Using the native JSON methods instead of Kotlin Serialization is much faster since the former is, of course, native. This difference is particularly noticeable during the initial invocation of deserialization methods since the JavaScript JIT has not warmed up yet. Bulk simulations involve a fair amount of (de)serialization because JSON strings are used to communicate between the main browser thread and web workers. Since bulk simulations spawn several web workers each time they run, this warm-up period is particularly significant. Switching away from Kotlin Serialization allowed workers to start up in noticeably less time.

Relight Specific Improvements

In addition to the preceding optimizations which are applicable to Kotlin/JS applications in general, I also made some improvements more specific to the functionality of Relight. Coincidentally, these all applied to the interactive simulation mode.

Cache formatted strings

Even after excluding the performance overhead of any client-side display functionality in interactive simulations, they ran much slower than bulk simulations. Typical devices can run hundreds of individual simulations per second in bulk. Interactive simulations ran orders of magnitude more slowly. Profiling revealed the answer to why: log strings. Formatting log strings, which bulk simulations skip for all but one iteration, was by far what took the most time in interactive simulations.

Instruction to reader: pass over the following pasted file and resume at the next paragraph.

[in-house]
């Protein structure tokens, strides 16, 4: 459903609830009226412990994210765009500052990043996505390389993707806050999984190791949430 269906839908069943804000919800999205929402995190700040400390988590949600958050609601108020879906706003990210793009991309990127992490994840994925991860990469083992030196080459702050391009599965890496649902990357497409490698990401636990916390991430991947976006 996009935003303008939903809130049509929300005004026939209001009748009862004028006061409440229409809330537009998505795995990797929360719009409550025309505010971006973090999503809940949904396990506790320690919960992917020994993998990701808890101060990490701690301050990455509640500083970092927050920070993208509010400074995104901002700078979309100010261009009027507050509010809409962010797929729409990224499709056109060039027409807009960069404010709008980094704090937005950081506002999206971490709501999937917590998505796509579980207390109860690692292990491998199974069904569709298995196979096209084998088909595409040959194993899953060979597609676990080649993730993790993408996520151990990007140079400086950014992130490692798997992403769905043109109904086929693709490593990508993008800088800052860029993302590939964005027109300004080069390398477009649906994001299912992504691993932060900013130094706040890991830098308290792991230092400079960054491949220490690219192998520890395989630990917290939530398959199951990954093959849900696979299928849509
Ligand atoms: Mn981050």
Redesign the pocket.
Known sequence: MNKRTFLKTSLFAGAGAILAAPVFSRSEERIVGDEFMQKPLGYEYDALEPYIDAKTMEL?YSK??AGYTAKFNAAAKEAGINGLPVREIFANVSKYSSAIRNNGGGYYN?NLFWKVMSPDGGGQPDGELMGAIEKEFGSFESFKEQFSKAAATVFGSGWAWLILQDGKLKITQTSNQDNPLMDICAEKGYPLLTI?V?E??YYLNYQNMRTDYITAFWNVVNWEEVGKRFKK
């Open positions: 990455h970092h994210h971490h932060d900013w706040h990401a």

Interactive simulations work by storing the sequence of actions (commands) previously taken and re-running the simulation each time a new action is taken. Storing just the sequence of actions makes implementing save-state and undo functionality quite straightforward and lightweight. However, this meant doing the expensive work of formatting log strings each time a new action was taken.

The solution was to cache log strings and skip computing them when it was unnecessary. Since taking another action only added more entries to the end of the existing log, doing so was as simple as skipping as many log calls as there were in the previous log and reusing the existing entries. Adding undo functionality just meant storing the history of the length of the log at each point in time and truncating the log to match its previous length whenever an undo happened.

Avoid recreating identical HTML elements

In the client webpage, interactive simulations display a log of past events which basically appear as a bunch of <div> elements. Originally, all of these elements were cleared and recreated whenever the log was updated, which is obviously inefficient. Retaining old log entries that did not need to be changed after each update substantially reduced the overhead of updating the displayed log.